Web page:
That set the stage for Powlus,
who, six plays after benefiting
from Michael Miller's 55-yard
kickoff return, found wideout Der-
rick Mayes in the back of the end-
zone for six points.
The game's outcome had to be
considered a surprise, given the
fact that Moeller was forced to play
without four of his top players.
Tailback Tyrone Wheatley,
receiver Walter Smith, linebacker
Matt Dyson and offensive line-
man Joe Marinaro all had to sit
and watch Michigan's last game
against Notre Dame until 1997.
Sophomore tailback Tshimanga
Biakabutuka rotated with starter
Ed Davis and racked up 100 yards
rushing, 23 yards receiving and
"The yards came a lot tougher
this week than they did last week,"
Biakabutuka said, referring to the
season opener against Boston Col-
lege. "Notre Dame's defense is a lot
tougher and they hit harder. I had
to fight hard for the extra yards"
Like last week, Michigan's
offense started slowly, gaining just
90 total yards - to Notre Dame's
183 - in the first half. But the
teams were tied 10-10 at the half.
In the third quarter, Michigan's
defensive front seven began to exert
solid pressure on Powlus, sacking
him six times for the game.
Irish tailback Lee Becton lost
two key fumbles, his first in 233
carries.
Last season Notre Dame fum-
bled more than one time in a game
only once, fumbling twice against
Michigan State. The three Irish
turnovers were key for Michigan.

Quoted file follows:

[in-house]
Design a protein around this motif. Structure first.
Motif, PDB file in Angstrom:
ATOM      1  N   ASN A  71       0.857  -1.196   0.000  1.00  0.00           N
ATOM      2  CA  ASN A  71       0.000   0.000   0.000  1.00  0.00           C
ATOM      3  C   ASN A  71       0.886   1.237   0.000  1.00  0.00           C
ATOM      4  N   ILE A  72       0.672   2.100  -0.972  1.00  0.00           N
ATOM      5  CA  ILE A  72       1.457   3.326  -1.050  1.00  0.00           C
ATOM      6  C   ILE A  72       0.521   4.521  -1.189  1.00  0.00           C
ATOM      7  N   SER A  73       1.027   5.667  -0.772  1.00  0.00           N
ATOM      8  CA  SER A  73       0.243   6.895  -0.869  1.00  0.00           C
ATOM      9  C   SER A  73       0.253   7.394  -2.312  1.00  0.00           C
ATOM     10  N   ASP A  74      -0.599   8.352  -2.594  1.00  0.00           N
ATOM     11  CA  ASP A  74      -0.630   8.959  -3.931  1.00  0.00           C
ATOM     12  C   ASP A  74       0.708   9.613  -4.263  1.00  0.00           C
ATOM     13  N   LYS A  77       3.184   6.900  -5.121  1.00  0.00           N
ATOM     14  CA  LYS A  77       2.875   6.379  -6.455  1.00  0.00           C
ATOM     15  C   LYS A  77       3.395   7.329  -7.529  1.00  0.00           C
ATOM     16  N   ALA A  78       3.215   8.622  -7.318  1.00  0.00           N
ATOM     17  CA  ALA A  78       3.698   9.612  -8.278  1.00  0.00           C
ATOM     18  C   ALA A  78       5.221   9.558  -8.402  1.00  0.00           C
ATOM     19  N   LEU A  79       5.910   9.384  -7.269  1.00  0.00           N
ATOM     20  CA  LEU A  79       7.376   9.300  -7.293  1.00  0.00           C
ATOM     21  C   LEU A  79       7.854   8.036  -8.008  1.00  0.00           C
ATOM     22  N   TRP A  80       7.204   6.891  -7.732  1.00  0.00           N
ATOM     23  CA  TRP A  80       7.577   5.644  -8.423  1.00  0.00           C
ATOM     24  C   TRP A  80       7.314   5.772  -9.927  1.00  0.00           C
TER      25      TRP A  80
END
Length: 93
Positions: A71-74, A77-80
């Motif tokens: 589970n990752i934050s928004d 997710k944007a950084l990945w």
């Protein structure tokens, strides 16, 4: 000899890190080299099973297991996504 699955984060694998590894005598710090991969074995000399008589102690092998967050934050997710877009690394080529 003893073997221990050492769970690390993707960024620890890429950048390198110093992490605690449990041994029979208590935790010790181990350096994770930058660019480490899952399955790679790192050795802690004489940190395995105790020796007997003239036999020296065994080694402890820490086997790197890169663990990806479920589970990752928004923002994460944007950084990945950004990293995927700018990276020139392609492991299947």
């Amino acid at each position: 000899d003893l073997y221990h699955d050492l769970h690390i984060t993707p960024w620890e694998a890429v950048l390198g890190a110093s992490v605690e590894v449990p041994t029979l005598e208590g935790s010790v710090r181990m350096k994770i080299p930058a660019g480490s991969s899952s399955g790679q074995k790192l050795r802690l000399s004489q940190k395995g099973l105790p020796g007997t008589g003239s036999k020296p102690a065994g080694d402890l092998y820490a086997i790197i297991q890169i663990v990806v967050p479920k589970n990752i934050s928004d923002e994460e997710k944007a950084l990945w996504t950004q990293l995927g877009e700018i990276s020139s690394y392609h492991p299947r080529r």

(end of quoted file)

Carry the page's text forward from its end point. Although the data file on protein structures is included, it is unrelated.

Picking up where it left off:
The Wolverines lost the ball just
once, when Collins was sacked
by linebacker Jeremy Nau and
coughed it up late in the fourth she J urr
quarter. But Powlus flubbed the c.S S
snap two plays later (recovered by
Tony Henderson), setting up Ham-
ilton's third field goal of the day
and the game's astounding finish.
ROSENBERG
Continued from page 8A
kid's come from," special teams
coach Mike DeBord said. "He's
come from not being able to kick
an extra point or a field goal to
hitting them like he's hitting them
today."
He was ready to change schools, .
but instead changed his work hab-
its. He practiced and practiced all
summer. He became the best kick- This spr
er on the team. The coaches tried New Yor
Erik Lovell for a week, but when
that didn't work out, they had no
problem going to Hamilton. This ma
HARD WORK MAKES audio, v
HAMILTON HERO, you could also see
call this chapter. But then you and vies
would be leaving out the special broadb
bit of historical inspiration found
in most of your previous chapters. Hear Cs
When Remy Hamilton arrived
at college, he was given the num-
ber 19. That was the number worn on heat
by his team's last great kicker, her visit
Mike Gillette. Hamilton had never
met Gillette, but he knew all about
him.
Saturday morning, Mike Gil-
lette walked up to Remy Hamil- Looking for help
ton, articles on
"I met him today," Hamilton A

said. "He said, 'I don't know if you
know who I am. I'm Mike Gillette.
Just go out there and have a good
day.'"
Thus inspired by a hero from
the past, Hamilton kicked the win-
ning field goal.
"Kids always have their own
ways of trying to do things, and a
guy that's been there before can
sometimes speak their language
better than a coach," Moeller said.
"You can look at me and tell I
wasn't a placekicker."
I'm telling you, it's perfect.
Another chapter in the folklore.

e